Richardson’s recently anointed Innovation Quarter is about to welcome its first new tenant. plans to host a grand opening for its 3,000-square foot maker space at 999 E. Arapaho Road, Richardson, on Dec. 1. Best described as a “gym for tinkerers and makers,” the nonprofit organization not only provides a physical location for collaboration among people interested in subjects such as robotics, coding and 3D printing—it also hosts meetups and events for its members.

“What the lab offers is a place for people to make connections with other people ... who may share similar interests in making, creating and innovating,” President Olivia Snyder said.

Snyder said she joined the lab to learn more about 3D printing. At the maker space, she was able to connect with members who were knowledgeable about the technology. Members of the maker space have 24/7 access to cost-prohibitive technology that is not found in the average person’s home.

“The whole concept was kind of intimidating to me,” she said. “At the maker space, I was able to meet people that were happy to teach me how to use [the technology].”

The volunteer-run nonprofit organization is membership-based and funded through donations. Currently housed in Plano, the group was about to run out its lease and was looking for a larger space. At just the right moment, was invited to join Richardson’s Innovation Quarter, or IQ.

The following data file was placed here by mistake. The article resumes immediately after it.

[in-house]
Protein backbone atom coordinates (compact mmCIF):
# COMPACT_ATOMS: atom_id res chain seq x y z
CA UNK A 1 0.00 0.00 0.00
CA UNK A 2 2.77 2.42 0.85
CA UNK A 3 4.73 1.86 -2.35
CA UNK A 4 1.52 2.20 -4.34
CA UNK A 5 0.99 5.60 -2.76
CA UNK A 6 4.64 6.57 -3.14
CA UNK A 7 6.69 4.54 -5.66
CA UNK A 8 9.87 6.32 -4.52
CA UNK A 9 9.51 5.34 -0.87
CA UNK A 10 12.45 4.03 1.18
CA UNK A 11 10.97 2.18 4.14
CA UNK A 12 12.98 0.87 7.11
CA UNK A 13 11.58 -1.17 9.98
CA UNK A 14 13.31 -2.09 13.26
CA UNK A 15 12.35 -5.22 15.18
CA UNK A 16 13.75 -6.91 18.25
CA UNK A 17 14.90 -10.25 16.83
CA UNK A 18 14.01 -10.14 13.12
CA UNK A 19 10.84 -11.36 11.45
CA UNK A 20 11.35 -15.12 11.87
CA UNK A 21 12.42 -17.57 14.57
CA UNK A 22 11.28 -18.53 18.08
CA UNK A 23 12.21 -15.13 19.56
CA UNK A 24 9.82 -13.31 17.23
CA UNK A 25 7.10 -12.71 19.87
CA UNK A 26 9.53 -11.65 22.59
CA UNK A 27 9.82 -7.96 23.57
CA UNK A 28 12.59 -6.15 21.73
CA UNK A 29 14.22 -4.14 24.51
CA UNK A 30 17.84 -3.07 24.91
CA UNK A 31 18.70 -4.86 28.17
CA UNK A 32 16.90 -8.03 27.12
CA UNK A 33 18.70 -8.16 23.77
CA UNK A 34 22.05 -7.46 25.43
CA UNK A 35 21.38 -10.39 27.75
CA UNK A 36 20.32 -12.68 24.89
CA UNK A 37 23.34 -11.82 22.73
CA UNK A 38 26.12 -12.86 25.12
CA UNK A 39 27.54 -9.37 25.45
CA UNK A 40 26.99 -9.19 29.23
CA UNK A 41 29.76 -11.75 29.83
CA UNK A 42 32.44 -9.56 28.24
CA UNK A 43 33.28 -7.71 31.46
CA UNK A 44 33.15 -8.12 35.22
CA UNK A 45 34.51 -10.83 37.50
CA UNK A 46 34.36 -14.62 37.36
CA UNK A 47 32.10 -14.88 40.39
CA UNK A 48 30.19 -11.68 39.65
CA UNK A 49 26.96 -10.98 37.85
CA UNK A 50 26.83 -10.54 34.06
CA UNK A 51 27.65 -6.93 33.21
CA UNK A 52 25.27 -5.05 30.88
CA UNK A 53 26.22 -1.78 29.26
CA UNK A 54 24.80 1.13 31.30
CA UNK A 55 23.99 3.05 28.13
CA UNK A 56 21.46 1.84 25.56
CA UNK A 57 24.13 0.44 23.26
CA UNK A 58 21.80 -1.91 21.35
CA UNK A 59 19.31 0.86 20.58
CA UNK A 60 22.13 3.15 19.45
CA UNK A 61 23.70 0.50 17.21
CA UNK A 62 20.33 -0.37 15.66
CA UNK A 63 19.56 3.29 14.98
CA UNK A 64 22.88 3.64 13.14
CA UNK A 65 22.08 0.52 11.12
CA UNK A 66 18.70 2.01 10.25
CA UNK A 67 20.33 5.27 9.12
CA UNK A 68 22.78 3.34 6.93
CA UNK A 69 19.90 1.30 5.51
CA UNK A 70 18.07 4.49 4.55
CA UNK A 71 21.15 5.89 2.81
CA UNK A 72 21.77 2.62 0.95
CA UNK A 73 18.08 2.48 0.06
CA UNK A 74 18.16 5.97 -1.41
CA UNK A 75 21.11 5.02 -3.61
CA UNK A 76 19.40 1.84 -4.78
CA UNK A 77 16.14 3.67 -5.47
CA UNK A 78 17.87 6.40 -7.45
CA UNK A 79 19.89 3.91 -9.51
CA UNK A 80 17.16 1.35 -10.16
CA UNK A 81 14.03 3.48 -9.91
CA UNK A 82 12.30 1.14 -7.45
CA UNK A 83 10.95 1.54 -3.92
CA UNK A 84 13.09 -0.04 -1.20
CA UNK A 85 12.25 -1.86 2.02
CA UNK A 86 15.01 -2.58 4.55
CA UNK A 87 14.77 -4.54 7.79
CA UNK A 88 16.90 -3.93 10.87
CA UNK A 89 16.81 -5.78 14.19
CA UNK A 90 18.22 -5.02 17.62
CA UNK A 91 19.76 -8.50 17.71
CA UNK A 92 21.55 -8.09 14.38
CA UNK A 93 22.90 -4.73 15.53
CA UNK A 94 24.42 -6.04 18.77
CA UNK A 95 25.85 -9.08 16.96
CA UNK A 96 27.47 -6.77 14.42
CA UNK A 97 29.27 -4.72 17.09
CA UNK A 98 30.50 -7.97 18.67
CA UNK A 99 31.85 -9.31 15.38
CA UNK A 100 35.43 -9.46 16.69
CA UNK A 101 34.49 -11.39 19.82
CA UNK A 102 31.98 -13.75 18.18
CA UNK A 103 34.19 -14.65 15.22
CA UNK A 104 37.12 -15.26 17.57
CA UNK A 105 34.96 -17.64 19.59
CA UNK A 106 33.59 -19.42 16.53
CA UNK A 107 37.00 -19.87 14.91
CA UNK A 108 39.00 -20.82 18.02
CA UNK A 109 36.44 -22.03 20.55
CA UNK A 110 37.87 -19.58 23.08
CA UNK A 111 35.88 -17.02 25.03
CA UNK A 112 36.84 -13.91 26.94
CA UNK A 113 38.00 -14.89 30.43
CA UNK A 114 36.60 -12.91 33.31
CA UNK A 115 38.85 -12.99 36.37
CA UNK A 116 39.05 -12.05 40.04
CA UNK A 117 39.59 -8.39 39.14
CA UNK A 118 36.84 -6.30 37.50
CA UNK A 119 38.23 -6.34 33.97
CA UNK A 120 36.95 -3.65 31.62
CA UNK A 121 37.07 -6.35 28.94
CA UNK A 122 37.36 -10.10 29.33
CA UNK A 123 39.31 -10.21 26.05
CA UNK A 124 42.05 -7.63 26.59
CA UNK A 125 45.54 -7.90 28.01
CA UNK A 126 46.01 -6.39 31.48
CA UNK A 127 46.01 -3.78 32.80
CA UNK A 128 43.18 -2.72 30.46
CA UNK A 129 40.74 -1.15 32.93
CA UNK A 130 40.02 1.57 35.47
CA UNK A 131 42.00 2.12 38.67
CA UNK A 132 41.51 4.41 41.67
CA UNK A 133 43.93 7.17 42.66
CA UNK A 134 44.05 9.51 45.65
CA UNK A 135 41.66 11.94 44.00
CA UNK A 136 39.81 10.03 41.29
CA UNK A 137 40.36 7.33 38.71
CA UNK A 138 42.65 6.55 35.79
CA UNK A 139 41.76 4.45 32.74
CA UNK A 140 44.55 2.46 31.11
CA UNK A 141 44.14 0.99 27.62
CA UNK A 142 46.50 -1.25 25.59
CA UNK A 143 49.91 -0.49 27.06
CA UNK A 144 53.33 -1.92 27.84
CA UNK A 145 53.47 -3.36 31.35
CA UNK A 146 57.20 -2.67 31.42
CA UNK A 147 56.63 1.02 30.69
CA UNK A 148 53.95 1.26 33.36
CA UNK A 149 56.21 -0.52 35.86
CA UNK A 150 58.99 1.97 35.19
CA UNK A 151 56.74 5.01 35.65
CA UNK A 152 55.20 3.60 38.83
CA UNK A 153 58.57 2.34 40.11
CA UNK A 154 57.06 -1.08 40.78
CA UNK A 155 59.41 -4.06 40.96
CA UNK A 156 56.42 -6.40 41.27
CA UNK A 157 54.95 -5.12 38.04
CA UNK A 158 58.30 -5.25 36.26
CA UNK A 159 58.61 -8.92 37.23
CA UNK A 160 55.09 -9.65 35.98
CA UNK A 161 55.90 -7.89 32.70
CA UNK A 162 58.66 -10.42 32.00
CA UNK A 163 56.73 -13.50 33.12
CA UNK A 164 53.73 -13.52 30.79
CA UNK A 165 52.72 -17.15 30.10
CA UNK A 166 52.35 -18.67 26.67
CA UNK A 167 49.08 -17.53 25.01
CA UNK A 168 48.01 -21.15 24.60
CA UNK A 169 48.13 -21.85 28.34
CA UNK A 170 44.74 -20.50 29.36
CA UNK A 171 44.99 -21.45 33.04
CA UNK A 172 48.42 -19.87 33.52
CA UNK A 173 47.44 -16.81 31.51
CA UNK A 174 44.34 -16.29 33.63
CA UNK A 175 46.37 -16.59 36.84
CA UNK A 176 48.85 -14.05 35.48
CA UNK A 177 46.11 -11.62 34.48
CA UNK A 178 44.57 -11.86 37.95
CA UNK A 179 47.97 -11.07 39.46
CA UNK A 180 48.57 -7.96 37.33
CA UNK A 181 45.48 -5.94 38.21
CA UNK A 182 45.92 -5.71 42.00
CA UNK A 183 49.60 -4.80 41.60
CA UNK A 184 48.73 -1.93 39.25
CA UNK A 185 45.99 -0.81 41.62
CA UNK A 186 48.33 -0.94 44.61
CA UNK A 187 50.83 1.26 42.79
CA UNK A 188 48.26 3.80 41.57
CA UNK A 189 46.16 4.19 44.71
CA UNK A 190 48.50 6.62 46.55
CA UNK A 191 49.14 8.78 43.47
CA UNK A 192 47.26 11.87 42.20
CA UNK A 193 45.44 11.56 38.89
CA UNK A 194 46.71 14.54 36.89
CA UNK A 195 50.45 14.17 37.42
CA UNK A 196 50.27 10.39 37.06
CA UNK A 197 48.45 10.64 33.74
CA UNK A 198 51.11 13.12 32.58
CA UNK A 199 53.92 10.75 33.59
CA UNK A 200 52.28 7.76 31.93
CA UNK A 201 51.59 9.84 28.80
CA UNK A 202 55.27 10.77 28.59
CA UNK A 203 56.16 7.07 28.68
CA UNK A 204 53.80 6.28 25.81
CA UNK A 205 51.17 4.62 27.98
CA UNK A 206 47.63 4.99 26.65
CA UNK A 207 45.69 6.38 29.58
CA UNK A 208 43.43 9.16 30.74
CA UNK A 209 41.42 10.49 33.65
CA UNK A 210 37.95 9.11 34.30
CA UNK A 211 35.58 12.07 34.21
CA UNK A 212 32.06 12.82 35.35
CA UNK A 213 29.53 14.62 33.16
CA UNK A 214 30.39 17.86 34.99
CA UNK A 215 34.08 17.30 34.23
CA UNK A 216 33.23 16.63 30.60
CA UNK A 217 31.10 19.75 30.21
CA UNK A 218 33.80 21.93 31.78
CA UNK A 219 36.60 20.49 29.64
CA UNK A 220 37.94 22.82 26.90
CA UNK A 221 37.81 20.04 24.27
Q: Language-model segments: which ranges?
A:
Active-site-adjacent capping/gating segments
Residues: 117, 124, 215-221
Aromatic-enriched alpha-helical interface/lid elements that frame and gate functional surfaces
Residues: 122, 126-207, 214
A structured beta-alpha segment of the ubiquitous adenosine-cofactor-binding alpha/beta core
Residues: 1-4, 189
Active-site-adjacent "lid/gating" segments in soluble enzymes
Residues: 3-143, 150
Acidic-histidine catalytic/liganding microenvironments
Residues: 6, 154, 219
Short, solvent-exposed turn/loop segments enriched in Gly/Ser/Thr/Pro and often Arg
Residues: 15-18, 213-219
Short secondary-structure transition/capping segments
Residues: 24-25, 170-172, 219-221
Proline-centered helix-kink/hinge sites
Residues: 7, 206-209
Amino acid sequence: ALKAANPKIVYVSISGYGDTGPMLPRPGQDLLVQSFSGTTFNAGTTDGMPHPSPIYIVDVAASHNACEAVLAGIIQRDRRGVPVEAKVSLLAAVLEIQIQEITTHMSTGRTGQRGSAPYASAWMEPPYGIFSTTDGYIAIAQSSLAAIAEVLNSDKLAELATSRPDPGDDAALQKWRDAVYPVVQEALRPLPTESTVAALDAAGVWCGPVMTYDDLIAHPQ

“We had heard about the vision for the Richardson IQ, and [we were drawn by] the idea that we would be plunked right down in the middle of who we want to connect with,” Snyder said. “The community Richardson has to offer and the structure of the IQ definitely tipped the scales for us.”

The IQ is a 1,200-acre industrial area east of Central Expressway that, for the past several years, has been the subject of an in-depth, city-led revitalization effort. The vision for the area is that it will become the "premier tech hub in Texas," according to a 2018 vision statement. In late December, Richardson City Council opened the door for mixed-use redevelopment projects by approving sweeping changes to the area’s land use regulations. was targeted as a tenant for The IQ because it lends itself perfectly to the goal of creating a collaborative ecosystem among businesses and organizations, said Doug McDonald, the city of Richardson’s planning projects manager.

“You can put all the pieces in place in terms of physical aspects, but how do you build that collaboration piece that’s not here today? ... The maker space is a key part of that,” he said.

The IQ is already home to some of Richardson’s largest tech companies, including Raytheon, Lintec and Verizon. Working in close proximity to these corporations, as well as being able to connect with other businesses and organizations through resources like the Richardson Chamber of Commerce, was a huge draw for the lab, Vice President Tommy Falgout said.

“One of our biggest struggles has been awareness,” Falgout said. “So to have that brand awareness in the community, and also through the corporations, would be huge for us.” is currently accepting new members and is offering discounted memberships to students, first responders, retirees and members of the military. More information about the organization is available here.

“We are truly a community that thrives on ideas and trying different things,” Falgout said. “It’s much greater than the sum of its parts.”